Kumeyaay, UCSD debate bones
by Adriane Tillman
Feb 18, 2010 | 6267 views | 0 0 comments | 21 21 recommendations | email to a friend | print
UCSD’s Ross Frank (left), a professor of ethnic studies, talks to students protesting the handling of Native American remains on Feb. 5.                                               
ADRIANE TILLMAN | VILLAGE NEWS
UCSD’s Ross Frank (left), a professor of ethnic studies, talks to students protesting the handling of Native American remains on Feb. 5. ADRIANE TILLMAN | VILLAGE NEWS
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Student activist Aries River Yumul rallies the protestors.                                                
ADRIANE TILLMAN | VILLAGE NEWS
Student activist Aries River Yumul rallies the protestors. ADRIANE TILLMAN | VILLAGE NEWS
slideshow
With a bullhorn in hand, Aries River Yumul marched with 40 students and one professor to demand the University of California, San Diego (UCSD) return Native American bones unearthed during an archeological dig in 1976 to the Kumeyaay people to rebury them.

The group headed to the chancellor’s office on Feb. 5 with a petition chanting “No debate, repatriate!”

Vice-chancellor Gary Matthews met the students in the courtyard to assure them the administration is working through the process and that he is “optimistic the remains will be repatriated.”

The university’s desire to return the remains to the tribes is not as easy as handing over a few boxes, however.

The university had formed a working group of scholars to determine whether the bones are culturally affiliated with a tribe, as mandated under the federal Native American Graves Protection and Repatriation Act (NAGPRA).

Two anthropologists, an ethnic studies professor and a retired professor at Scripps Institution of Oceanography sat on the working group.

The working group has since determined the skeletons are “culturally unidentifiable,” while the Kumeyaay Cultural Repatriation Committee (KCRC) believes the remains belong to them.

“Although there is evidence from material culture that people have lived in the San Diego region since the late Pleistocene or early Holocene, the linguistic analyses and archaeological evidence indicate that the Kumeyaay moved into the region within the last few thousand years,” stated the UCSD working group report. “The mtDNA profiles of the skeletons under discussion are not known; and there is scant genetic data available for the Kumeyaay.”

The report goes on to say that there could be some genetic continuity between the skeletons and the Kumeyaay if the latter intermixed and then replaced earlier populations linguistically and culturally.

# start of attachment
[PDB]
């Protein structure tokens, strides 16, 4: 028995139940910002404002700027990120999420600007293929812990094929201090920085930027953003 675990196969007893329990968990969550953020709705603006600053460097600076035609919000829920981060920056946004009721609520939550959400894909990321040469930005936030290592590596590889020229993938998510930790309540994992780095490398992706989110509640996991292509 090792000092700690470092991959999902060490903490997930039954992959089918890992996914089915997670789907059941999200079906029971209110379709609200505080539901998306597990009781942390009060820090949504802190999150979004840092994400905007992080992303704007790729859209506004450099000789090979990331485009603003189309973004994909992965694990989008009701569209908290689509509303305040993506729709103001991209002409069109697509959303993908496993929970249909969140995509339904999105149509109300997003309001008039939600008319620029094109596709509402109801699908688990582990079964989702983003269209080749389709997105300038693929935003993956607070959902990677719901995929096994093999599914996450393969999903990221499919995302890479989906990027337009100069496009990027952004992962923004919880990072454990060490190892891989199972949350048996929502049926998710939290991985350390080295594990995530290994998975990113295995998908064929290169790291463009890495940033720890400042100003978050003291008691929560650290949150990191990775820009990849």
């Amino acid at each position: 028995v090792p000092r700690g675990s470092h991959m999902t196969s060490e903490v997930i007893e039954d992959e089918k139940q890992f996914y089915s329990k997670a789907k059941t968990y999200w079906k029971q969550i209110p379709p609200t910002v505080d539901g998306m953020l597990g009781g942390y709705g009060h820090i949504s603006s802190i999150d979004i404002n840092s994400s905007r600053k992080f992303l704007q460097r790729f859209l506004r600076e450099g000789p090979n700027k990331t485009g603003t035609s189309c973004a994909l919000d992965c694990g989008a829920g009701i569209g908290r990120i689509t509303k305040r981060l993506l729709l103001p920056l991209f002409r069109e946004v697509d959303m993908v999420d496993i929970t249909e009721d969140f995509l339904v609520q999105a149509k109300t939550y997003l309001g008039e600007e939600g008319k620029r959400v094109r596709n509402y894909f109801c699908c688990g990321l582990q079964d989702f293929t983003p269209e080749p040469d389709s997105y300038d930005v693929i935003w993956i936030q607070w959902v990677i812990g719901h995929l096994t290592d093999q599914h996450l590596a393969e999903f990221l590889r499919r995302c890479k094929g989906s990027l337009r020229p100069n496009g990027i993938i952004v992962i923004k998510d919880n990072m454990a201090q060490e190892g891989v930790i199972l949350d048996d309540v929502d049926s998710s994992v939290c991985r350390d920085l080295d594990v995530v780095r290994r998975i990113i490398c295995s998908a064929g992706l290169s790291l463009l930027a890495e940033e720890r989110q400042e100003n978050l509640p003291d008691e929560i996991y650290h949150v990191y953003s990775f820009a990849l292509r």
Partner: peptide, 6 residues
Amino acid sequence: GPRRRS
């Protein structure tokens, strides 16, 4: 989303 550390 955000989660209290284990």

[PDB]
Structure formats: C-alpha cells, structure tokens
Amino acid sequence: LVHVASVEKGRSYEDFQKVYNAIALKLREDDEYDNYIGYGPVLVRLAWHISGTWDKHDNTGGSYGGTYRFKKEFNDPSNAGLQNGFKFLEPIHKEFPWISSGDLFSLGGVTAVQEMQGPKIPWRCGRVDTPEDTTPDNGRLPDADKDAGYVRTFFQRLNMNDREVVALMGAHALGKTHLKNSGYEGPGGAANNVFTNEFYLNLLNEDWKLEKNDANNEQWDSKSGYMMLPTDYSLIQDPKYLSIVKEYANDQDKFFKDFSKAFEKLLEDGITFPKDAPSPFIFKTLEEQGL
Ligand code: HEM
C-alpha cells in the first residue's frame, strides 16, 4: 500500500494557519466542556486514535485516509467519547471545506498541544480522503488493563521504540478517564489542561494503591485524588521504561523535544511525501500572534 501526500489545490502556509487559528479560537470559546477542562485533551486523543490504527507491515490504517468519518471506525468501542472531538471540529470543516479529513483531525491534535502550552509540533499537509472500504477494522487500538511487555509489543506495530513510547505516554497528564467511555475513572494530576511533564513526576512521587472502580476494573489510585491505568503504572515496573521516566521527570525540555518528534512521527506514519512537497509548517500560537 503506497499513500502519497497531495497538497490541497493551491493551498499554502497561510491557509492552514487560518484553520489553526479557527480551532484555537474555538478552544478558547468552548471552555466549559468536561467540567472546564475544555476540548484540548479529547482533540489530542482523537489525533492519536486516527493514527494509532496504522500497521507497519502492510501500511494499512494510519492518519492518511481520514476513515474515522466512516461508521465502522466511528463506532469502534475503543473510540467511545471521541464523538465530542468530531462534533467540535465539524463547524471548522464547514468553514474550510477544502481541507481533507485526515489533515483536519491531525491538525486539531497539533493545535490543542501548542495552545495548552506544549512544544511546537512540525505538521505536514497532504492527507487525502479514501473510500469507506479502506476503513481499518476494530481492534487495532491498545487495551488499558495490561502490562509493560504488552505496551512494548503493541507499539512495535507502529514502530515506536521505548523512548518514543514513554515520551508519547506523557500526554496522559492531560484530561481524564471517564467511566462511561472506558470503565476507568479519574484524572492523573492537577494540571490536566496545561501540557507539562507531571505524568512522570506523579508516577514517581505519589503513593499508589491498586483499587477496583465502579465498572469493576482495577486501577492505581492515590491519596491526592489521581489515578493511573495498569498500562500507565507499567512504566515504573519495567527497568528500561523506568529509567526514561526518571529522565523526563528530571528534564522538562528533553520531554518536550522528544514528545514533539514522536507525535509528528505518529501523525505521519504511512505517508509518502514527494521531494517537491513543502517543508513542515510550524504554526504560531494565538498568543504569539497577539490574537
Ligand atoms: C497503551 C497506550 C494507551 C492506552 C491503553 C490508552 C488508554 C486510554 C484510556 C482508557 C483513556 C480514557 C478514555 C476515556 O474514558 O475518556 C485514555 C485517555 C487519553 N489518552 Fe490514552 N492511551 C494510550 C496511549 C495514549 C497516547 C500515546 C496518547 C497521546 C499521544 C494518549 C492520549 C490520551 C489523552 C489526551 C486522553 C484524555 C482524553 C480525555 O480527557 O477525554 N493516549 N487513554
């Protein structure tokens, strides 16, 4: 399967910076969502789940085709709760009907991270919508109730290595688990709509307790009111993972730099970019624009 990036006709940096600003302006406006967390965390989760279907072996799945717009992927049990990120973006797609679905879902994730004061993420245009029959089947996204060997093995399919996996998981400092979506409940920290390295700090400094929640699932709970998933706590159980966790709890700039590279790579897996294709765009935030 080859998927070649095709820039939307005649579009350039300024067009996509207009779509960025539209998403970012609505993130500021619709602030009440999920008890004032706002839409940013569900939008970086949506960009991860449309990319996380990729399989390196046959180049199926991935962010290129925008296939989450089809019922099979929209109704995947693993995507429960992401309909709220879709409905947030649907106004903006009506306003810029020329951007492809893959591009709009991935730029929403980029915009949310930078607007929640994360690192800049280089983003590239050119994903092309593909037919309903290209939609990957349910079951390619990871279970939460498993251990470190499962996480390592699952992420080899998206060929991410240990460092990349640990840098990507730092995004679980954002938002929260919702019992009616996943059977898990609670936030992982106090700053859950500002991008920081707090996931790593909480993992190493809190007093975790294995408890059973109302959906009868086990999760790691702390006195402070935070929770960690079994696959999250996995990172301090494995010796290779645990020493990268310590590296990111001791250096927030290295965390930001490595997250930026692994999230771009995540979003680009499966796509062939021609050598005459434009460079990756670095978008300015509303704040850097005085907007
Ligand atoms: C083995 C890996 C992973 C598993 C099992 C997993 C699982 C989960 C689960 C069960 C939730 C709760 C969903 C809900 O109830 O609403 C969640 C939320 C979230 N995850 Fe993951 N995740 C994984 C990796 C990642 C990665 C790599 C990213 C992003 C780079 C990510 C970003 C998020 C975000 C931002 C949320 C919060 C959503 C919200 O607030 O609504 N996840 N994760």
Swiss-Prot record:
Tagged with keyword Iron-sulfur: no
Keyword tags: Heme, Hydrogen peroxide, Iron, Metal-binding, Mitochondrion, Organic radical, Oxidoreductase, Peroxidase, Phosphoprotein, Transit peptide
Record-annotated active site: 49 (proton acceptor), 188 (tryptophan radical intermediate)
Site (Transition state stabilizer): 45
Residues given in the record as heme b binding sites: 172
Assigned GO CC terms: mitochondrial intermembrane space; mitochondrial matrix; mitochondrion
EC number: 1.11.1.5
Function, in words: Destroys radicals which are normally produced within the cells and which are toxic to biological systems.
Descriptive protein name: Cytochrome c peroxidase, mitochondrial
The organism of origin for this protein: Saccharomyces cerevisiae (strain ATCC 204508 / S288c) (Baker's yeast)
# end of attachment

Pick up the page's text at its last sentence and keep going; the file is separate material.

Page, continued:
The KCRC, on the other hand, claims that the Viejas Band has inhabited the region for more than 10,000 years, and Sycuan ancestors have lived in the area for 12,000 years.

Last spring, UCSD wrote a letter to the Secretary of Interior to begin the repatriation process, but KCRC asked the university to withdraw the letter.

KCRC does not want to go through the repatriation process if the record signifies the remains are not “culturally affiliated” to the Kumeyaay people, said Steve Banegas, spokesman for KCRC.

KCRC plans to dispute the UCSD scholars’ assertion before the NAGPRA Review Committee in November.

Ross Frank, a UCSD professor of Ethnic Studies, dissented from the majority view of the working group. Frank was the professor who marched with the students on Feb. 5 to demand repatriation.

Frank believes a different philosophical approach should have been taken.

“Kumeyaay use of the area … predates European settler society by a millennium, at the very least,” Frank said. “Kumeyaay avow a deep sense of personal and communal responsibility for the recovery and proper reburial of all human remains of people who predate European settler society, no matter when or under what circumstances the original interment took place.”

Yumul, a junior at UCSD, said the university’s inability to return the remains has blacklisted the university among the Native American community.

Ninety-two Native American students are currently enrolled at the university, which statistically accounts for 0 percent of the student body.

 “Ancestral and burial reverence is taken very seriously amongst native communities, and setting foot on this campus is very shameful,” Yumul said. “Additionally, many Native students who do come here feel uncomfortable being on a campus that has disrespected their family and culture.”

For information visit http://weber.

ucsd.edu/~rfrank/NAGPRAdocs.html.
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